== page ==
Facebook Linkedin Advertisement NewsLocal NewsFloodgates openBy admin – November 26, 2009 1025 Twitter Previous articleIBEC to formally withdraw from pay agreementNext articleNews briefs admin LIMERICK and Clare was put on full alert this week after the river Shannon burst its banks.With confirmation from the ESB that heightened water levels in Lough Derg are likely to cause increased flood levels downstream of Parteen, the mayor and city manager, have given an assurance that an emergency plan is in place for any eventuality.Sign up for the weekly Limerick Post newsletter Sign Up Meantime families who were evacuated from Corbally to the Jury’s Inn are still uncertain when they will be able to return to their homes.“We’re trying to keep things as normal as possible for the children by sending them off to school,” said one resident. The father of three, one of 20 families evacuated from their homes on Monday, when the rising waters of the Shannon threatened their safety, has no idea when they will be able to return.The families have a clear view from the hotel windows of the swollen river.“We hear there are fears of very high tides next week, so nobody knows how soon we will be able to go back, but meantime the hotel staff are terrific, even making school lunches for the children to take with them”.Another resident said that while she is “dying to get home,” feels fortunate compared to people in other parts of the country. “No water got into our homes but it was decided to evacuate as our houses in Riverbrook and those in Hampstead, were deemed vulnerable. The seriousness of the situation hit home when the the Civil Defence arrived at 9pm and the families were taken out of Shannon Banks by police escort”.The consensus among the evacuated Corbally residents is that local councillor, Pascal Fitzgerald, should be nominated for a Person of the Year Award.“He did Trojan work – was working with the services day and night – he never went home”. Meanwhile Cllr Denis McCarthy is confident that although the water is rising in the Mill Road and the Red Path areas of Corbally, “the situation is holding and the area is well fortified by sandbags”.While the city’s other vulnerable locations of Clancy Strand, Sir Harry’s Mall and King’s Island have benefited from fortified walls and the installation of tide flex pipes, there is concern that high tides expected next week, combined with south-westerly winds and heavy rainfall, could pose the most serious challenge to-date.“We will be able to handle anything coming our way this week but next week poses a problem. If Parteen leaves water down the old channel from UL into the Shannon Banks, then we’d have a serious situation- Clare County Council will have to build a wall along the side of the river at Shannon Banks, as with global warming, the water levels will continue to rise,” commented Cllr John Gilligan.Deputy Jan O’Sullivan is calling for the construction of a protective barrier for the river side of Shannon Banks.Mayor Kevin Kiely said he has been given the strongest assurance from the city manager, Tom Mackey that he and his staff, have “everything in place, in terms of a plan to deal with any emergency that may arise”.The ESB has now confirmed that with water levels in Lough Derg now at an all time high, the discharge of water from Parteen Weir is being increased, “The total rate of water discharge from Parteen is not expected to exceed the rate set on Monday, but it is expected to cause increased flood levels downstream of Parteen Weir by an estimated three inches, as it is discharging into an already flooded area.”The pedestrian walkways along the Canal are closed and members of the public are advised not to use them until further notice. Email Print WhatsApp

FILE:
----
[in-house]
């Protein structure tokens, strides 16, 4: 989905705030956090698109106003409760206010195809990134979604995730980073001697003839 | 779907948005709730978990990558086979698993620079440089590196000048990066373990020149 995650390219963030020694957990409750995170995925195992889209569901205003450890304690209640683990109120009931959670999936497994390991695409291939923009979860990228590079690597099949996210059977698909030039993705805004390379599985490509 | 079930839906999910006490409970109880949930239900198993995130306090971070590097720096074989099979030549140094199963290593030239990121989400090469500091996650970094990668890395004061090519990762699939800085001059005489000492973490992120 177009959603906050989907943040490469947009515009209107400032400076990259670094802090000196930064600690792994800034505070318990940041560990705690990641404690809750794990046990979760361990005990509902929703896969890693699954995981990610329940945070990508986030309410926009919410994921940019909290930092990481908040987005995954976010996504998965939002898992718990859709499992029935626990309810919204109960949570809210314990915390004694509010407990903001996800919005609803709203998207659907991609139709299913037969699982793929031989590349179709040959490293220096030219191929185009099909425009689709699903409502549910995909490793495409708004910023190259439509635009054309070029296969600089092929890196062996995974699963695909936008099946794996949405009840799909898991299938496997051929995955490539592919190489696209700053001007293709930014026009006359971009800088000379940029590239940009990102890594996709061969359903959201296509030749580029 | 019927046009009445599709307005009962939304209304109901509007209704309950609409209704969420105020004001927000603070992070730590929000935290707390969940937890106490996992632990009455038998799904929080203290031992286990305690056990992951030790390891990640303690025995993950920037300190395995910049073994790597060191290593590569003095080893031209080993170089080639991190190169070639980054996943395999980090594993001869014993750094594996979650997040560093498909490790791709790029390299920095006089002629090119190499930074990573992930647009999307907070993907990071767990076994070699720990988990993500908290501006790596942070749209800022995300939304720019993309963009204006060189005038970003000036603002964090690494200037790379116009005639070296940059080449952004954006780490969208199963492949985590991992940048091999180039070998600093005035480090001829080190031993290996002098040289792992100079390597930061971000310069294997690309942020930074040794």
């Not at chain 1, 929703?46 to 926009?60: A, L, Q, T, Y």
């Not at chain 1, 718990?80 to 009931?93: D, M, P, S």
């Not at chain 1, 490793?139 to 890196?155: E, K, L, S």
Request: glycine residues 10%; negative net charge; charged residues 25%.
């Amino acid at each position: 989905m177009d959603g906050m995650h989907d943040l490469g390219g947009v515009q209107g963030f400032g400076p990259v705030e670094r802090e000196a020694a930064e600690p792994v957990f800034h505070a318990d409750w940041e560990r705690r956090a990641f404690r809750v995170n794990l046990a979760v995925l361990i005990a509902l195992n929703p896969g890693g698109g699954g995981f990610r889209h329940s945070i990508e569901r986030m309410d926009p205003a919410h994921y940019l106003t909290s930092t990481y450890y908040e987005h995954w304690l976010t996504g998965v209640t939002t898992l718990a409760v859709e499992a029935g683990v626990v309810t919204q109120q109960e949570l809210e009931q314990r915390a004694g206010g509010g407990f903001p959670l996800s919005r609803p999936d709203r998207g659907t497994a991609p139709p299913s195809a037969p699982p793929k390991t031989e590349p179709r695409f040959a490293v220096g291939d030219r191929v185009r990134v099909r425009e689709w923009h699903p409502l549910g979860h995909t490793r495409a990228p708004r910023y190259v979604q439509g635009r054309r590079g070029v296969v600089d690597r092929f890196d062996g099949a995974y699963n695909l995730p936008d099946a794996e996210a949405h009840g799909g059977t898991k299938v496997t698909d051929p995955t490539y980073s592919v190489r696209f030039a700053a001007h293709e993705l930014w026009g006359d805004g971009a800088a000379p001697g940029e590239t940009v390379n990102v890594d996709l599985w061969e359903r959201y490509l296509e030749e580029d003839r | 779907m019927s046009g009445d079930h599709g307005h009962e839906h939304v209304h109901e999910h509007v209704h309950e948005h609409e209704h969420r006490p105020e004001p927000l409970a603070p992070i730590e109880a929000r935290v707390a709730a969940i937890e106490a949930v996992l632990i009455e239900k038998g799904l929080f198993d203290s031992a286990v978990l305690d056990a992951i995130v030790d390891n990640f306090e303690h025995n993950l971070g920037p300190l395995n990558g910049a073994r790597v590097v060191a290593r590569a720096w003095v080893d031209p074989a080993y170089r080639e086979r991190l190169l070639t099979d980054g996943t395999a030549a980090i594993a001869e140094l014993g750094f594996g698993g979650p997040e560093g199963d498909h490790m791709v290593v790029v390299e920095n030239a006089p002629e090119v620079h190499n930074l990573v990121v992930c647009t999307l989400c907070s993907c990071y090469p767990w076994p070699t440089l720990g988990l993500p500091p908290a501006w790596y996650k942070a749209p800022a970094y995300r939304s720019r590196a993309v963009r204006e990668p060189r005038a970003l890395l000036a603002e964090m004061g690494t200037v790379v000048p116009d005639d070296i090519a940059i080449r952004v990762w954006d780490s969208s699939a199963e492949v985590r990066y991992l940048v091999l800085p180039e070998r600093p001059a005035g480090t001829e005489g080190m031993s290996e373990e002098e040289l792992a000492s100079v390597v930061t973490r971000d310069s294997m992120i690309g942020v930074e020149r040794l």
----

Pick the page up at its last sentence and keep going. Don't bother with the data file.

chokkicx/iStockBy: AVERI HARPER, ABC News (SAN FRANCISCO) — When Rosie Portillo reached her 21st birthday in late April, it wasn’t all a celebration. It came with anxiety about how she would keep a roof over her head and food on her table during the coronavirus pandemic.Portillo has been in foster care for six years in California, where benefits typically end at age 21. She currently lives in a San Francisco Bay Area apartment subsidized by her foster care benefits and an organization focused on providing affordable housing for foster youth. She stopped working to care for her newborn daughter, Ailani.“I don’t have any other source of income, except from the system,” said Portillo, who lives with just her daughter. “So if that would have stopped, all my bills–they’re not turning off the lights but, like, it’s accumulating. You know the rent, stuff like that, it’s accumulating.”When California declared a state of emergency and shut down due to COVID-19, Portillo’s life was turned upside down.“Everything stopped, even school and all court sessions where you go in and you talk about your progress,” she told ABC News.The high school diploma program she was enrolled in shut down without the option of distance learning because there weren’t enough laptops and tablets to go around.“They were like, If we can’t provide for everyone, we can’t give it to you, either,” said Portillo.The circumstances have made it hard for Portillo to meet the minimum hours of work or school she needs to qualify for assistance to stay in her apartment.For older foster youth, eligibility for stipends and other benefits are dependent on the ability to work or attend school. During COVID-19-related shutdowns, meeting those basic requirements isn’t always possible, which could lead to a loss of funds and, in turn, housing security.“The biggest hurdles that we’re seeing right now are the people who literally are losing housing during the state of emergency,” said Sixto Cancel, a former foster youth and CEO of Think of Us, a non-profit focused on using technology to improve outcomes for foster children.Aging out of foster care under normal circumstances is tough. More than 23,000 young people age out of the U.S. foster care system each year and are at increased risk of homelessness. COVID-19 has only complicated things.In California, Gov. Gavin Newsom issued a directive aimed to help foster youth like Portillo, ensuring that they would be able to receive benefits until the end of June.Other states — including Illinois, Michigan and Rhode Island, plus the District of Columbia — have also taken action to prevent foster youth from aging out during this crisis. But many others haven’t taken such action.“Your fate is tied to geography,” said Ruth White, executive director of National Center for Housing and Child Welfare.“Me being in foster care, especially as a young person that has been [in foster care] lifelong, my parent is the government,” said Cancel, 28, who aged out of the foster care after spending most of his life in the system. “And so all of my basic needs are basically met through the government, who is supposed to help me make sure I’m even eating.”Advocates like Cancel want to see a suspension of work and school requirements to receive benefits, a moratorium placed on discharging older youth from foster care during the pandemic, and six months afterward, expedited re-entry into foster care for youth who have lost their benefits.White believes the federal statutes that regulate the U.S. Department of Health and Human Services program that supports older foster youth includes a caveat for “medical conditions.”“It says if a medical condition prevents the young person from meeting these requirements, they’re exempt. But it doesn’t say that the child has to have a medical condition. It says a medical condition,” said White. “So our interpretation of that is a pandemic is a medical condition that prevents us from going to work or school, so we feel that the federal law already has a workaround.”While funding comes from the federal program called the John H. Chafee Foster Care Independence Program, the program is run by states and localities. Foster care alumni organizations have been calling on states and local administrators to ensure that foster youth aren’t falling through the cracks in the midst of the pandemic.In order to keep up with the work requirements to keep her apartment, Portillo told ABC News she plans to start working soon, though she worries about positions that could put her at risk of contracting COVID-19 because she’s an asthmatic.“Being a youth who does not have anywhere else to go, this is the only smart option I have,” said Portillo.Copyright © 2020, ABC Audio. All rights reserved.